Should I repair or replace my fence?
When your fence starts to wear down, it can quickly become more of an eyesore than an asset. Whether it’s due to age, finish wearing off, wood-eating insects, or the weather itself—all fences eventually need to be fixed. This can leave homeowners with a very important question: Should I repair or replace my fence?
Given the variety of materials and types of fencing out there, the answer to that question may be different depending on what kind of fence you have. So, let’s take a look at the three most common fence types: Wood, Aluminum, and Vinyl.
Wood fencing is one of the more widely appealing options, but unfortunately, it’s also the option that requires the most upkeep. Wood is susceptible to the elements such as water damage and insects, and although sealants and finishes can help mitigate the damage and prolong the life of your fence, these fences will need more upkeep and a more careful eye when inspecting their integrity.
When inspecting your wood fence, it’s important to look for cracks, holes, weather damage, or rotting. Many focus entirely on the pickets, and while that is important, the posts can easily be overlooked—especially since they are dug into the ground and in more constant contact with moisture from the soil.
Sometimes, it’s more cost-effective to simply replace a picket or two as they weather down for wooden fences. One thing to note when replacing or repairing specific slats is, that the replaced pickets may look slightly different from the others, even when matching stains or sealants. However, the good news is that they will quickly start to match the surrounding pickets over time.
Aluminum fencing should last a long time if properly maintained. Aside from falling trees, large branches, and sudden accidents, the most significant things to look out for are bubbling paint, rust, or the ground shifting that may cause warping of posts or shifting sections of fence. Repairing can be as simple as sandblasting and repainting. For warping posts, slats, or sections, it’s usually best to call a qualified professional to replace them.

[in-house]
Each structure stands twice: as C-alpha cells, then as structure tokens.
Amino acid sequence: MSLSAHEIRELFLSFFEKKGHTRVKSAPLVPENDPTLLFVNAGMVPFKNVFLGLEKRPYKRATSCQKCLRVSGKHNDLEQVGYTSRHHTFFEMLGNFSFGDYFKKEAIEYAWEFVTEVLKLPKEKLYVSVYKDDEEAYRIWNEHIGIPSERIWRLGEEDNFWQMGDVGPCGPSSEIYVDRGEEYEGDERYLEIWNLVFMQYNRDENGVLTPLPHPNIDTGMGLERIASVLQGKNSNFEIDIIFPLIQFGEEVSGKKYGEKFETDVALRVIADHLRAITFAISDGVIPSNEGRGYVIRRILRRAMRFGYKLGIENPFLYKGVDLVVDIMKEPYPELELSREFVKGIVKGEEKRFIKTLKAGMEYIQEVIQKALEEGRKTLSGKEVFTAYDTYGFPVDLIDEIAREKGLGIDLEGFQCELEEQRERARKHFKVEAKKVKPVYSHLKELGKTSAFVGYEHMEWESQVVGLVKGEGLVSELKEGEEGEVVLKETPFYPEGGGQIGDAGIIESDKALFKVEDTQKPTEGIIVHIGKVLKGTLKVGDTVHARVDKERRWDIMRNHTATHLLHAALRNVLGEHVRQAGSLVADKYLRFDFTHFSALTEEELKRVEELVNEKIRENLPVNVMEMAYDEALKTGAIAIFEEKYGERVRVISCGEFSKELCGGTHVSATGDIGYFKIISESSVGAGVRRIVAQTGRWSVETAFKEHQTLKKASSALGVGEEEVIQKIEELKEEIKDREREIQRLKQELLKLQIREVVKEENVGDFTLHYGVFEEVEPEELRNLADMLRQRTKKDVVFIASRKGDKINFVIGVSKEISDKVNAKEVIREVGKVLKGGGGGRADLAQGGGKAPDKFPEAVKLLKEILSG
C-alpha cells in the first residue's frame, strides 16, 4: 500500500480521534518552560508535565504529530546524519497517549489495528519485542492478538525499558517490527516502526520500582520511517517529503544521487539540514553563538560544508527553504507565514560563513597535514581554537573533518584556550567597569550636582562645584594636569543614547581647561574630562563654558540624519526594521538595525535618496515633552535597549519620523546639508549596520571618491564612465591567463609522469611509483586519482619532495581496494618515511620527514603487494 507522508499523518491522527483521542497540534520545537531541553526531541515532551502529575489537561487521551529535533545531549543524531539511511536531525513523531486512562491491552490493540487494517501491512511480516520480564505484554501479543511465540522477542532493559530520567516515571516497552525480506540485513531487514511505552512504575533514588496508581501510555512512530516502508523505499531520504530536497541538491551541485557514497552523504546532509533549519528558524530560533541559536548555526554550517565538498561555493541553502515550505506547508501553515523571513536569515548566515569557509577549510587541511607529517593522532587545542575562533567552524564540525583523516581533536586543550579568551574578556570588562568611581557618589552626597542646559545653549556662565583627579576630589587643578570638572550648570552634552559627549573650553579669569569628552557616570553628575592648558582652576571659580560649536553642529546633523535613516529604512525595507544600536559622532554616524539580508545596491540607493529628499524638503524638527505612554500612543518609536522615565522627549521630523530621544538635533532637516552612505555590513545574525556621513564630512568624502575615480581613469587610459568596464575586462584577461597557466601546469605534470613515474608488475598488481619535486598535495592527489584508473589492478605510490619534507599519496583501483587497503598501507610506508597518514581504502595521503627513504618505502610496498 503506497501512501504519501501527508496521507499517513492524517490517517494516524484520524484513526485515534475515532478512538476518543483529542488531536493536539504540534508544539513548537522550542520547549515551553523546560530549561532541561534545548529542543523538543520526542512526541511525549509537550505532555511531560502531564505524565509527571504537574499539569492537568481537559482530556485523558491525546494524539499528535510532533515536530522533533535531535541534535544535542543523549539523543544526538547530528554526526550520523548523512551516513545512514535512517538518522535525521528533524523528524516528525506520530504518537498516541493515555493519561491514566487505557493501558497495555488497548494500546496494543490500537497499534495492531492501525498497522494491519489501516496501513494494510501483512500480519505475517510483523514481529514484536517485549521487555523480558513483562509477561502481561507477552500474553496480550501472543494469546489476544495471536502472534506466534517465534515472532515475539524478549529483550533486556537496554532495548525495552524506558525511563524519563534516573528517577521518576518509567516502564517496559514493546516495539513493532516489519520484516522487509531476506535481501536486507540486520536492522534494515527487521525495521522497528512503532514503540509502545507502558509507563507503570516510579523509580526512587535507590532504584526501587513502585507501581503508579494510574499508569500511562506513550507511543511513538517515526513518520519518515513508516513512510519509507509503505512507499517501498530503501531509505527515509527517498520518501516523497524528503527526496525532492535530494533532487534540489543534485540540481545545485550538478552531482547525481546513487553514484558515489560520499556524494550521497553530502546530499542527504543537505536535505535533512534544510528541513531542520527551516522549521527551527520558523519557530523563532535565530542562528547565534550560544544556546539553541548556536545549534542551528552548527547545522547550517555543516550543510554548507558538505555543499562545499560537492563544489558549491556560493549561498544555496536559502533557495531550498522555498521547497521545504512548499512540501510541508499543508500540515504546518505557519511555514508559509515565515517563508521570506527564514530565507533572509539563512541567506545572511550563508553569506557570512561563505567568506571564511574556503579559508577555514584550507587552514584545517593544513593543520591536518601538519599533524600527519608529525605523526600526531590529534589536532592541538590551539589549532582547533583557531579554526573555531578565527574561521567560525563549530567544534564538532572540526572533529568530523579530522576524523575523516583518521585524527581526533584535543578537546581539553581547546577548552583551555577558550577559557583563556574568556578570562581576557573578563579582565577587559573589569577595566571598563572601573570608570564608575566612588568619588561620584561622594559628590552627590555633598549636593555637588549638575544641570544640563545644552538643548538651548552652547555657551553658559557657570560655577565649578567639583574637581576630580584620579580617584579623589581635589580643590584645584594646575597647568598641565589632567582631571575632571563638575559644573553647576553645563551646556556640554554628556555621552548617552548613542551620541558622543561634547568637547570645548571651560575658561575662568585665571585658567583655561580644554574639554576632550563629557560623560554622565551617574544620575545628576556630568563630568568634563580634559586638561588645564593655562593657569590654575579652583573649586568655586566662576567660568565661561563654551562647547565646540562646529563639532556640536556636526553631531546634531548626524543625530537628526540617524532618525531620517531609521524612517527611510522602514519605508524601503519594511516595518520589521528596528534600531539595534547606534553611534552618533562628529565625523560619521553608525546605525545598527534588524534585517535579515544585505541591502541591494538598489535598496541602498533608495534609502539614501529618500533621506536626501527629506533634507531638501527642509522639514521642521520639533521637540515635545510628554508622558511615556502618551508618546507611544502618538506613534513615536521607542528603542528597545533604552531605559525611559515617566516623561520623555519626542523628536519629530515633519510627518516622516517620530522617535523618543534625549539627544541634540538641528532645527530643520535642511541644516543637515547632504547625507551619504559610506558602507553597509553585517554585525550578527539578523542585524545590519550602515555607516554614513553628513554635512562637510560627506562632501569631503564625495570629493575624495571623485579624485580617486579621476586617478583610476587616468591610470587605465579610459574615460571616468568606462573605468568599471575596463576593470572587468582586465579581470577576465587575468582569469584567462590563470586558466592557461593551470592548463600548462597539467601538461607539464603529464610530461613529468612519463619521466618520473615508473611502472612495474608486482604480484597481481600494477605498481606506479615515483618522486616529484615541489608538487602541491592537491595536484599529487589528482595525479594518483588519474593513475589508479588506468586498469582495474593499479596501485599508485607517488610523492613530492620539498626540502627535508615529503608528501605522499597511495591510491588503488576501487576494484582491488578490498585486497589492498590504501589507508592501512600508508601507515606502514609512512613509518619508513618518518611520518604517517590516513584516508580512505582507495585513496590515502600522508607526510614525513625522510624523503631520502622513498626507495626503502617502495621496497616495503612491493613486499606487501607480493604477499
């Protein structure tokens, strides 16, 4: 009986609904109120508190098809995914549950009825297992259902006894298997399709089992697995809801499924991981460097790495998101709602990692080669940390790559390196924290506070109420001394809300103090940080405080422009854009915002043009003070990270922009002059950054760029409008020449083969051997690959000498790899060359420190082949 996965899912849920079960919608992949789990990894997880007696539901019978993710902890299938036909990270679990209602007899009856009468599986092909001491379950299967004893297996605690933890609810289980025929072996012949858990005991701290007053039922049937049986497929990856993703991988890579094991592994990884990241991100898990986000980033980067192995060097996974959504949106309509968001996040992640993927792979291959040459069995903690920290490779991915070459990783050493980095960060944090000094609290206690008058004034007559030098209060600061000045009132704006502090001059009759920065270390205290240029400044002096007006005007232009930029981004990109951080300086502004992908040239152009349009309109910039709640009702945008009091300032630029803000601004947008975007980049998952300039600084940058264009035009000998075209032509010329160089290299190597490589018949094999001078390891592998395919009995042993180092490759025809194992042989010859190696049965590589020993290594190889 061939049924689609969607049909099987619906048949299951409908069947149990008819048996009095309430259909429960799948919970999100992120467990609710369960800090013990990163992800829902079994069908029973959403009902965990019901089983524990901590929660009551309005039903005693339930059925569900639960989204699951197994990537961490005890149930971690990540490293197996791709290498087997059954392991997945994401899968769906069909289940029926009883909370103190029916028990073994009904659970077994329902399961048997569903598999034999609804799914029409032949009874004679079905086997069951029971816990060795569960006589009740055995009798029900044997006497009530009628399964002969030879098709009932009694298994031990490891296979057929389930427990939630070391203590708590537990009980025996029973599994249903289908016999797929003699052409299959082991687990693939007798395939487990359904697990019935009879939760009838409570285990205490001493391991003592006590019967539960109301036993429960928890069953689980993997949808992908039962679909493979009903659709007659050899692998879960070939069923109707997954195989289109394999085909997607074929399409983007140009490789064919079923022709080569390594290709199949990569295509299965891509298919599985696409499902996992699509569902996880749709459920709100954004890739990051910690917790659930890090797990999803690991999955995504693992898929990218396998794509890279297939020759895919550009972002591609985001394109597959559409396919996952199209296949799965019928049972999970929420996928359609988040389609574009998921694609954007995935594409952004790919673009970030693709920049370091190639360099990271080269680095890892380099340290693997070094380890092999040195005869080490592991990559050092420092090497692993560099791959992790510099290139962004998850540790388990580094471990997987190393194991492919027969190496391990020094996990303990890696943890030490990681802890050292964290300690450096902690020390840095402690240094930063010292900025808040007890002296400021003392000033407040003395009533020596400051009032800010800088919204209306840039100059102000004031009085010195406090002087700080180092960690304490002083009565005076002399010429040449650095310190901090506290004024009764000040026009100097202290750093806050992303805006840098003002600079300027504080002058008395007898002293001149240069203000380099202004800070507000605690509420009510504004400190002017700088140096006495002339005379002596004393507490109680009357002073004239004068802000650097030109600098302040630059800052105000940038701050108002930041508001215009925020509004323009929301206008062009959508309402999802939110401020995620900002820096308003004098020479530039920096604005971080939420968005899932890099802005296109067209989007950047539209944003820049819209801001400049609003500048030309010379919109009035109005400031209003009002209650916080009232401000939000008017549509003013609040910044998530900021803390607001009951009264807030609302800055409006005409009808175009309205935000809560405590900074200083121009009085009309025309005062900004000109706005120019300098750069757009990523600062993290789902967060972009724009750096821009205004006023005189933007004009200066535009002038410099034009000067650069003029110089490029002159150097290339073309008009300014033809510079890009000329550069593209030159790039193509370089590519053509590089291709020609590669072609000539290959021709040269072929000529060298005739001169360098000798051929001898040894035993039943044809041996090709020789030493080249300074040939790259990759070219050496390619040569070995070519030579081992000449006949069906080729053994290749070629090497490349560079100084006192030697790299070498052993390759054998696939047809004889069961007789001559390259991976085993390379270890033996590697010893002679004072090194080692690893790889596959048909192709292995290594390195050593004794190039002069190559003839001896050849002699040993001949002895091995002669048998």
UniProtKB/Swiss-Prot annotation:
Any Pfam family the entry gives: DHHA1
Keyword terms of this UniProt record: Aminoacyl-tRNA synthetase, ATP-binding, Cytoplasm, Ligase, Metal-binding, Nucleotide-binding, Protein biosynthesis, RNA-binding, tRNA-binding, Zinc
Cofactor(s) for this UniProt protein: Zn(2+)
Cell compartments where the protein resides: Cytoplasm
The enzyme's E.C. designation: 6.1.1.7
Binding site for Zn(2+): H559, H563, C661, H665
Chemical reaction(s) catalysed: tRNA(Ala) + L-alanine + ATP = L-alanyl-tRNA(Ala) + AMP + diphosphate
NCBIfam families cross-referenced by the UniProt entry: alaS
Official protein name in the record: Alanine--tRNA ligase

Vinyl typically requires the least amount of upkeep or concern for wear and tear of the fencing options. Since vinyl is basically plastic, and most have built-in color instead of painted-on, this option is essentially impervious to water and insect damage. Most vinyl fencing simply requires periodic washing with a garden hose or pressure washer for maintenance. That being said, the most common problem with vinyl is due to UV rays and sunlight damage. Prolonged exposure to harsh sunlight can make the vinyl more brittle and eventually more prone to cracking and warping. Since vinyl is usually cheap and easy to work with, it’s typically no big issue to simply replace any warped or cracked pickets or sections of vinyl fence.
The 20% Rule
For most fencing professionals, there is something called The 20% Rule. This general guideline states that if 20% or more of the fence is damaged or in need of repair, then it’s best to replace the whole fence instead of the individual sections. This rule varies slightly with fence material and styles, and it’s still essential to assess all fence damage on a case-by-case basis.
If you find yourself wondering how extensive the damage to your fence is and the appropriate response, your best bet is to contact a professional.
We have years of experience installing, inspecting, repairing, and replacing fences of all types. We would be happy to give you realistic and cost-effective options. If you think it might be time to replace your fence, reach out to us, and we can have an experienced professional on-site to assess your fence and give an estimate that best works for your situation.